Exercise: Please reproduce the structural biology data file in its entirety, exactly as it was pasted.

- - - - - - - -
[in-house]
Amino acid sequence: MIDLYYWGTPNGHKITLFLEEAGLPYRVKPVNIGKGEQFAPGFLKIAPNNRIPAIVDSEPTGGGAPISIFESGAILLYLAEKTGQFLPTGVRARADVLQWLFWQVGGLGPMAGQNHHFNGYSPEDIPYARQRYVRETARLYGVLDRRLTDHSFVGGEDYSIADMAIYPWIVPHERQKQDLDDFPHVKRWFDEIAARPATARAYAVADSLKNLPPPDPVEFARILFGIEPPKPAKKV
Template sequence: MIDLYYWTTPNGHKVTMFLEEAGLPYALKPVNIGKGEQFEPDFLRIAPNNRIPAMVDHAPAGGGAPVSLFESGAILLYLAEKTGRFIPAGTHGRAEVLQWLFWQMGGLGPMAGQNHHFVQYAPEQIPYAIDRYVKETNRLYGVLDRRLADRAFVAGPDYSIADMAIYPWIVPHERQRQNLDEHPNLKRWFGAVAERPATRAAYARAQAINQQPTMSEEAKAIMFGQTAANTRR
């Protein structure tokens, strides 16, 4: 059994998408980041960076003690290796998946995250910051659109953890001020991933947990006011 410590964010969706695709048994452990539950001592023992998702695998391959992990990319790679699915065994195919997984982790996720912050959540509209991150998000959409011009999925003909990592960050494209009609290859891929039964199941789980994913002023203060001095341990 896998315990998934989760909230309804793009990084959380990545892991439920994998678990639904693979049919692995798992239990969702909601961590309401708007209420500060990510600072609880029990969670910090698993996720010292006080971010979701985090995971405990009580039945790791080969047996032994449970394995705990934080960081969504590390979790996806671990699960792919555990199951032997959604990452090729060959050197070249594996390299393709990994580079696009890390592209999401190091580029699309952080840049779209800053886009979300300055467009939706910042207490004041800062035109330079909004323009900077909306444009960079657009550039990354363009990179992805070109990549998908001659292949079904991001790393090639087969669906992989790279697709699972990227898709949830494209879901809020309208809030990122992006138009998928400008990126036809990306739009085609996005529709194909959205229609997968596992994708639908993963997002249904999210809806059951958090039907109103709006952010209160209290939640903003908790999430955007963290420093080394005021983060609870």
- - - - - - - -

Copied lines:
[in-house]
Amino acid sequence: MIDLYYWGTPNGHKITLFLEEAGLPYRVKPVNIGKGEQFAPGFLKIAPNNRIPAIVDSEPTGGGAPISIFESGAILLYLAEKTGQFLPTGVRARADVLQWLFWQVGGLGPMAGQNHHFNGYSPEDIPYARQRYVRETARLYGVLDRRLTDHSFVGGEDYSIADMAIYPWIVPHERQKQDLDDFPHVKRWFDEIAARPATARAYAVADSLKNLPPPDPVEFARILFGIEPPKPAKKV
Template sequence: MIDLYYWTTPNGHKVTMFLEEAGLPYALKPVNIGKGEQFEPDFLRIAPNNRIPAMVDHAPAGGGAPVSLFESGAILLYLAEKTGRFIPAGTHGRAEVLQWLFWQMGGLGPMAGQNHHFVQYAPEQIPYAIDRYVKETNRLYGVLDRRLADRAFVAGPDYSIADMAIYPWIVPHERQRQNLDEHPNLKRWFGAVAERPATRAAYARAQAINQQPTMSEEAKAIMFGQTAANTRR
């Protein structure tokens, strides 16, 4: 059994998408980041960076003690290796998946995250910051659109953890001020991933947990006011 410590964010969706695709048994452990539950001592023992998702695998391959992990990319790679699915065994195919997984982790996720912050959540509209991150998000959409011009999925003909990592960050494209009609290859891929039964199941789980994913002023203060001095341990 896998315990998934989760909230309804793009990084959380990545892991439920994998678990639904693979049919692995798992239990969702909601961590309401708007209420500060990510600072609880029990969670910090698993996720010292006080971010979701985090995971405990009580039945790791080969047996032994449970394995705990934080960081969504590390979790996806671990699960792919555990199951032997959604990452090729060959050197070249594996390299393709990994580079696009890390592209999401190091580029699309952080840049779209800053886009979300300055467009939706910042207490004041800062035109330079909004323009900077909306444009960079657009550039990354363009990179992805070109990549998908001659292949079904991001790393090639087969669906992989790279697709699972990227898709949830494209879901809020309208809030990122992006138009998928400008990126036809990306739009085609996005529709194909959205229609997968596992994708639908993963997002249904999210809806059951958090039907109103709006952010209160209290939640903003908790999430955007963290420093080394005021983060609870």